Want to volunteer at Allen County Parks?

We would love to have you!!!!

We need volunteers for all kinds of activities, be it
program help, maintenance help, removal of invasive
species, filling bird feeders, small construction projects, hosts/hostess, anything you’d like to do!!

All potential volunteers for the Allen County Parks
Department must complete a volunteer application
before volunteering. A link to this application can be
found at our website on the Volunteer in the Allen
County Parks page.

What's Happening at Metea County Park?

To view a complete and up-to-date list of activities occurring at Metea Park, please see the Wild Grapevine, available at the Allen County Parks website.

Girls in Boots! Bathing Beauties

July 26, Saturday, 3-5pm, Metea County Park Nature Center

Girls in Boots is a monthly program designed to help women become more self sufficient in the outdoors. The program is recommended for women and young ladies from about 12 years old on up.

Bring your bathing suits or something you don’t mind getting completely wet, shoes included, for this latest adventure. We’ll be hiking out to Cedar Creek to take a leisurely float in our inner tubes to see first hand the beauty of the Creek and learn about its ecology. We’ll also learn about how to get water in an emergency situation.

It would be a good idea to bring sun block and bug spray. All participants will be required to sign a waiver; all young ladies from 12 to 17 must be accompanied by an adult.

A snack will be provided, but it is important to register so that we get the right amount of supplies. Cost for this program is $5. Pre-registration by July 24th is required. To reserve your spot, please call 260-449-3777.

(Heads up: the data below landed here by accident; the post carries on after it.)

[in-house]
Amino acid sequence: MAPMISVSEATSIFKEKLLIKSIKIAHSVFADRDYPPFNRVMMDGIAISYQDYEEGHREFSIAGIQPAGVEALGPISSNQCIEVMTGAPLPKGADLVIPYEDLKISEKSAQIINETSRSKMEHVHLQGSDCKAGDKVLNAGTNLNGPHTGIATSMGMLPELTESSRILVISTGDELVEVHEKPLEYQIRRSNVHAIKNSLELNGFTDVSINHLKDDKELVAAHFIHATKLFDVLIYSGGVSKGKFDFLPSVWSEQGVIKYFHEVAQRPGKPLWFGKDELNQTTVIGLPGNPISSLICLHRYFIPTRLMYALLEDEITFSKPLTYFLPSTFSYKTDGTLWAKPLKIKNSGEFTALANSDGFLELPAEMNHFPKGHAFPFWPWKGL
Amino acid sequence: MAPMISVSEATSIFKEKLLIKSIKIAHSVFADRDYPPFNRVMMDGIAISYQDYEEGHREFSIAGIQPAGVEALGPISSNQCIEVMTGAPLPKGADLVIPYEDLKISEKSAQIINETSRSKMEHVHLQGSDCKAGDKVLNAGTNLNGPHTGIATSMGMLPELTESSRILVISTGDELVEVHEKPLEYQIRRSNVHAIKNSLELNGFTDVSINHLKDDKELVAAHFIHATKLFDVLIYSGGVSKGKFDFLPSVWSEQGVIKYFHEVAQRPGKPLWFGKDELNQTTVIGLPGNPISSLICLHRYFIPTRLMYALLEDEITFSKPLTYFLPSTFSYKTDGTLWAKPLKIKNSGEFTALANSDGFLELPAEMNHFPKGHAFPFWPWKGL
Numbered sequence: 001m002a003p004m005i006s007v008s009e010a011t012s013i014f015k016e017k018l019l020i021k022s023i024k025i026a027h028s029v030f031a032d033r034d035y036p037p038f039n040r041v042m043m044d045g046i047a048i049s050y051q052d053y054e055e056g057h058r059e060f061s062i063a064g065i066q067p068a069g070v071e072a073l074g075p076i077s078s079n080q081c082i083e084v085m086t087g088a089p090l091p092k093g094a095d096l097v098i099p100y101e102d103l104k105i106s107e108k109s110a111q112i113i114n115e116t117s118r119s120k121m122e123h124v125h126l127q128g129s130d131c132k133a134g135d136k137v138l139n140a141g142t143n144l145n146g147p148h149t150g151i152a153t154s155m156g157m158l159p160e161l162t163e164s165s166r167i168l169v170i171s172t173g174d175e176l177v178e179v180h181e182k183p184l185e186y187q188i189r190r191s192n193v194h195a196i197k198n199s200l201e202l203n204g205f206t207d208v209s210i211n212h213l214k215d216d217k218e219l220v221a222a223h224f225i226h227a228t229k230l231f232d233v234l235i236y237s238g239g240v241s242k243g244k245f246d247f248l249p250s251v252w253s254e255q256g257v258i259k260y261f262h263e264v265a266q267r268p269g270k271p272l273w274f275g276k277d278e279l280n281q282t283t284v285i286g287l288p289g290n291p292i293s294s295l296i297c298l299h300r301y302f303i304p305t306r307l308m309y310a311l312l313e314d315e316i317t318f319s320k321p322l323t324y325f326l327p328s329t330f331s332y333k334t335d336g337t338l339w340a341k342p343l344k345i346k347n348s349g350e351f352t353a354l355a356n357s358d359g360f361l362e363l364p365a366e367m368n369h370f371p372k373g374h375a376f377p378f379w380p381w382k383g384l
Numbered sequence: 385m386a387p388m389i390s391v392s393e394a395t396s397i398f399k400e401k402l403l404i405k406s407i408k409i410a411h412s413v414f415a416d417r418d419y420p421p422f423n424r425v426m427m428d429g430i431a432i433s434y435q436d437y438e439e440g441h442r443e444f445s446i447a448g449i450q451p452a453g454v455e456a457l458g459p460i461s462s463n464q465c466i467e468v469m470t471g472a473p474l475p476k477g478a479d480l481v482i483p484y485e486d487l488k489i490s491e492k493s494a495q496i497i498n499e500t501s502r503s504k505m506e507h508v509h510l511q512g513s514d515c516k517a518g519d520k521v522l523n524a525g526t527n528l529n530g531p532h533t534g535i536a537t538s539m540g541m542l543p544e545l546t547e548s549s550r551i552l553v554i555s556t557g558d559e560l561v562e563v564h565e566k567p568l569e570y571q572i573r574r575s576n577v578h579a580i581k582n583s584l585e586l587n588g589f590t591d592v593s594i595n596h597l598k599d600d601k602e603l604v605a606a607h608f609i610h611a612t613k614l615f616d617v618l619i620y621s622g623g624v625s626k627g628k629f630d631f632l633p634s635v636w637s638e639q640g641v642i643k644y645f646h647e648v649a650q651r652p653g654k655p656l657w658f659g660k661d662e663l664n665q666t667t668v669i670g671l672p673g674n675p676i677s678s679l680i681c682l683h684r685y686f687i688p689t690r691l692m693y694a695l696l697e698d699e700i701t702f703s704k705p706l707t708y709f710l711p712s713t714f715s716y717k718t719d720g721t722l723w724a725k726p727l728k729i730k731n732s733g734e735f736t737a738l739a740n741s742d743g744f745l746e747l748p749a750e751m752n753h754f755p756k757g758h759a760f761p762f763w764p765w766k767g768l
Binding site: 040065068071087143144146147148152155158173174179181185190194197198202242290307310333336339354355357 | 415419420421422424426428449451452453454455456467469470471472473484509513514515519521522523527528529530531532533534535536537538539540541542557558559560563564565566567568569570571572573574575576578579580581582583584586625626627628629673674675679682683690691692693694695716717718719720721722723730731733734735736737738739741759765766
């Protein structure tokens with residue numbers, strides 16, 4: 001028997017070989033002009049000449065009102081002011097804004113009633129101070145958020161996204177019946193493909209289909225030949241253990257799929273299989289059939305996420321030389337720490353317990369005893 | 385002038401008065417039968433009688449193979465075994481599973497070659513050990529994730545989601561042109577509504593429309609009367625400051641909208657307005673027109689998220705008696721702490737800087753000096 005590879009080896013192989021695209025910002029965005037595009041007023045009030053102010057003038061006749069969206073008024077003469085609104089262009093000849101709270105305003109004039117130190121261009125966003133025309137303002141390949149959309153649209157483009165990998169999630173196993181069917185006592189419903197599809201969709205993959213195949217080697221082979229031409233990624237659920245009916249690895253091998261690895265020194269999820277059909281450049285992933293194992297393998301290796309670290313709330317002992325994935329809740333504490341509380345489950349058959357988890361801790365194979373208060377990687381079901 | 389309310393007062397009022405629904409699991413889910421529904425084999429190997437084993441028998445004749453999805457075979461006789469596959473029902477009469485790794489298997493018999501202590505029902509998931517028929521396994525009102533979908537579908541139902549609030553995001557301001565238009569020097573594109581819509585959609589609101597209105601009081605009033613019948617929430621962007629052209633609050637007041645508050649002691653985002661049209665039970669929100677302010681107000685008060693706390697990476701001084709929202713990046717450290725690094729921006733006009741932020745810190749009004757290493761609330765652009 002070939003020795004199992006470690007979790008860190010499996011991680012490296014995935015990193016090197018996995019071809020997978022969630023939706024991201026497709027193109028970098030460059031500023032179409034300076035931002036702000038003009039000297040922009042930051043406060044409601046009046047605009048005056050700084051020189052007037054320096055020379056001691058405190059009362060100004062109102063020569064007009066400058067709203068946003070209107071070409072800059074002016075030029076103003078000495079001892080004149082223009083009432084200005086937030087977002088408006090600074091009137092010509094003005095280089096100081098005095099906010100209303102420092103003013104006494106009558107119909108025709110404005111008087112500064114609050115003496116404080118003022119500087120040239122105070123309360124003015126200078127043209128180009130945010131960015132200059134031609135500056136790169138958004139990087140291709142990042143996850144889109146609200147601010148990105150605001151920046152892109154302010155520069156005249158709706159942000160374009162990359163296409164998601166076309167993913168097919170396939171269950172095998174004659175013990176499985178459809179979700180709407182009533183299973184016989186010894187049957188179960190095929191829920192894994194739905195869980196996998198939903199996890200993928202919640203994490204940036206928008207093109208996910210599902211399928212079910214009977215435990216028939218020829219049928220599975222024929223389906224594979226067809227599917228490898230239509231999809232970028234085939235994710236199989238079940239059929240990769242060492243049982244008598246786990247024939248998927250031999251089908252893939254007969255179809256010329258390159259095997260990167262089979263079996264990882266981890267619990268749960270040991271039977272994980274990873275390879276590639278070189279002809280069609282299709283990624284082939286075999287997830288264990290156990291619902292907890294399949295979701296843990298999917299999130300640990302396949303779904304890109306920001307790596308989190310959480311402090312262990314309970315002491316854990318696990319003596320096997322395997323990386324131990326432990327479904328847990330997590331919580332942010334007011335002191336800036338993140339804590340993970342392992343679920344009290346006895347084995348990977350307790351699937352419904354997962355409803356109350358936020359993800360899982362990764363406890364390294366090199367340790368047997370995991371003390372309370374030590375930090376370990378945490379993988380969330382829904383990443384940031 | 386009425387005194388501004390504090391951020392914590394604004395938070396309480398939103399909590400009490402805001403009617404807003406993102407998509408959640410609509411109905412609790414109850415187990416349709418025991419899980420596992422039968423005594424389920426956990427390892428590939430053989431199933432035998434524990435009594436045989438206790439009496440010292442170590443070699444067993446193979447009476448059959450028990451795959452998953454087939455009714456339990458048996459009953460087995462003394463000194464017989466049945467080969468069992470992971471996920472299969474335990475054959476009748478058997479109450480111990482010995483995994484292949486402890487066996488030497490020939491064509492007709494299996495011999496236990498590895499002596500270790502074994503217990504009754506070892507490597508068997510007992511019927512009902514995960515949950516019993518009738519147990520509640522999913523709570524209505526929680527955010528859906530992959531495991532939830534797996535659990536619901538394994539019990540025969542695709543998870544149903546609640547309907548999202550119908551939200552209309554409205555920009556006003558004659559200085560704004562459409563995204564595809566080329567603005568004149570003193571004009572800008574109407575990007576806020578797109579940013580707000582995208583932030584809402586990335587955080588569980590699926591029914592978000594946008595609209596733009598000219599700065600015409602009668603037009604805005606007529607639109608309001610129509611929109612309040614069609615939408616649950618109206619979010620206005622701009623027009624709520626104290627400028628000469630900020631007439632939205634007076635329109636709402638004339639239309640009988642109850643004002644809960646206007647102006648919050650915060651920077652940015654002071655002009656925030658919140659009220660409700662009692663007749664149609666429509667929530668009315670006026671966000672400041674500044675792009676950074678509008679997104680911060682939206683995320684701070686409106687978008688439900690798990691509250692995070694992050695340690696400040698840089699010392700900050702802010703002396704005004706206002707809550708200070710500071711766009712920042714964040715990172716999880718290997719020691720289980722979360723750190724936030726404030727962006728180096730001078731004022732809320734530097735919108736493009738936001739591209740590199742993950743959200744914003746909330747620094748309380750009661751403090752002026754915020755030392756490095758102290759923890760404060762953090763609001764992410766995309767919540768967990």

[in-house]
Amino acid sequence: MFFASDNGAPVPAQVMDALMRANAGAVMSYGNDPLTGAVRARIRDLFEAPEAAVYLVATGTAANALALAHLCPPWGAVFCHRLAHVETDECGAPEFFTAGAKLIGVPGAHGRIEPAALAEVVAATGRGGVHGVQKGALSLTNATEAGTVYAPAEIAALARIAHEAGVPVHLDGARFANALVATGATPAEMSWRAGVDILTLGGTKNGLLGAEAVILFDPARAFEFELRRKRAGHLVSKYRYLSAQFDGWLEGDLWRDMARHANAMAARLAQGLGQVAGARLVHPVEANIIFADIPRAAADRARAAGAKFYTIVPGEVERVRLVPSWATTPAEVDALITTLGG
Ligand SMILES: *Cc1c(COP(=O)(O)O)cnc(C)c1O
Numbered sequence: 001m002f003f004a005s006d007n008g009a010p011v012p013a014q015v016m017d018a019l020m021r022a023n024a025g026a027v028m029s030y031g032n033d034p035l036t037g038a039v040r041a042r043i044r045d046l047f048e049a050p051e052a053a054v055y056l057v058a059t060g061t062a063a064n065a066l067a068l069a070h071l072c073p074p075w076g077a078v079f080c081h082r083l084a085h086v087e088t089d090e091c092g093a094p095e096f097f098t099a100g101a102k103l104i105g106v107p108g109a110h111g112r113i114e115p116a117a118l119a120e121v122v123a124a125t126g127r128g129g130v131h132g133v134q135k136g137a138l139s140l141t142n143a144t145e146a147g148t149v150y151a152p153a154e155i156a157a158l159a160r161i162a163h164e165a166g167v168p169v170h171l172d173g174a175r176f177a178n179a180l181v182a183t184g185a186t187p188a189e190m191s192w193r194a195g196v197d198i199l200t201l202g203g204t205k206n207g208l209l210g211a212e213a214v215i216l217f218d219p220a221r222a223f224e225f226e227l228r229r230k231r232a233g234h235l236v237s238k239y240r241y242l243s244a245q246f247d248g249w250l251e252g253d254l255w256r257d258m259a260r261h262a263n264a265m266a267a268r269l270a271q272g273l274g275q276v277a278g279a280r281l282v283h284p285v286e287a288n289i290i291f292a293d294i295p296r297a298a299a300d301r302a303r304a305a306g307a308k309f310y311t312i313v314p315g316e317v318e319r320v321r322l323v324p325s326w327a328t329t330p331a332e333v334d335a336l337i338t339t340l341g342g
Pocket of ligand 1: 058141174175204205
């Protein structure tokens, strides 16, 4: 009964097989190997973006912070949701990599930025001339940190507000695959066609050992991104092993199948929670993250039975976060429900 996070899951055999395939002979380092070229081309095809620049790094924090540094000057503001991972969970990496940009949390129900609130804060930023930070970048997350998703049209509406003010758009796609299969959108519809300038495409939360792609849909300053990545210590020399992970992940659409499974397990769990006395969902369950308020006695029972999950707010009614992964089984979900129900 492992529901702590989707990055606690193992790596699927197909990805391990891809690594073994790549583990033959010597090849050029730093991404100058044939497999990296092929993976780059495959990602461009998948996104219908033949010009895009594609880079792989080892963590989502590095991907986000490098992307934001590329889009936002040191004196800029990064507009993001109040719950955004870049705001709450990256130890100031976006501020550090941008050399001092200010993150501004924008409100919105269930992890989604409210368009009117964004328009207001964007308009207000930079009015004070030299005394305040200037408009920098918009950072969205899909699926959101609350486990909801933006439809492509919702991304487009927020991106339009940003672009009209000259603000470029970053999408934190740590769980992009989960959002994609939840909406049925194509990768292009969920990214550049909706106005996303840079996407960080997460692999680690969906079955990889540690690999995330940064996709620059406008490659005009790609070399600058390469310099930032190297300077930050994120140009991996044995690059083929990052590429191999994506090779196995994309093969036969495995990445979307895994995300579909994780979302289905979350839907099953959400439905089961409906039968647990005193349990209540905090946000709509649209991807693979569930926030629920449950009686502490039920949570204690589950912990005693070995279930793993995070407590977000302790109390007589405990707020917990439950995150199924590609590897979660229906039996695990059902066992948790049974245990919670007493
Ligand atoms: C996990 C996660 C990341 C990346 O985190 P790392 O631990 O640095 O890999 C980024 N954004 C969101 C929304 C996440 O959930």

Fourth Friday Night Hike

July 25, Friday, 8:30 PM, Payton County Park

Bring your insect repellent and listening ears as we checkout the sounds and stories of night creatures.

Love is in the air as frogs and insects sing their hearts out.

$2.00 per person. Call 449-3777 for registration.

Monarch Observation Hike

July 19, Saturday, 10:00 am

Join Metea naturalist, Karie Harding as she leads an investigation hike about monarch butterflies.

Participants will help with the butterfly/ egg counts, and will learn about the different types of milkweed, nectar plants, predators, and other butterfly species.

Meet at the Metea County Park Nature Center.

All ages welcome to attend. $2.00 per person. Please register by calling 449-3777.

Take a Hike! Creek Investigation

July 19, Saturday, 1pm

Park naturalist Rachel Rossiter Smith will lead a hike down to Cedar Creek to talk about stream ecology.

We’ll learn about how to keep our rivers healthy and clean. We’ll also talk about what kind of plants and animals call Cedar Creek home.

Bring some bug spray and a pair of shoes that can get wet or some rubber boots. We’ll go out rain or shine!

Cost for this program is $2 per person. Please pre-register at 260-449-3777.

Summer Day Camp Registration Reminder

Don't forget to register for summer day camp at Metea Park.

For more information, click here.

Poison Ivy, Poison Oak, Poison Sumac

By Bob Dispenza, Park & Education Manager, Allen County Parks

Leaves of three, let it be.
Berries white, poisonous sight (or danger in sight).
Hairy vine, do not climb (or no friend of mine).

On nearly every hike I lead I get ample evidence that poison ivy is one of our most misunderstood plants. There’s lots of folklore concerning our favorite rash-causer, but not all of it is true. Let’s take a closer look at poison ivy and it’s “partners in crime,” poison oak and poison sumac.

Recent immigrants and early settlers in America frequently suffered from itching and blistering, but did not know the cause. Poison ivy has been causing itches since Europeans moved to America, and possibly even before. Native Americans are no more immune than any other Americans.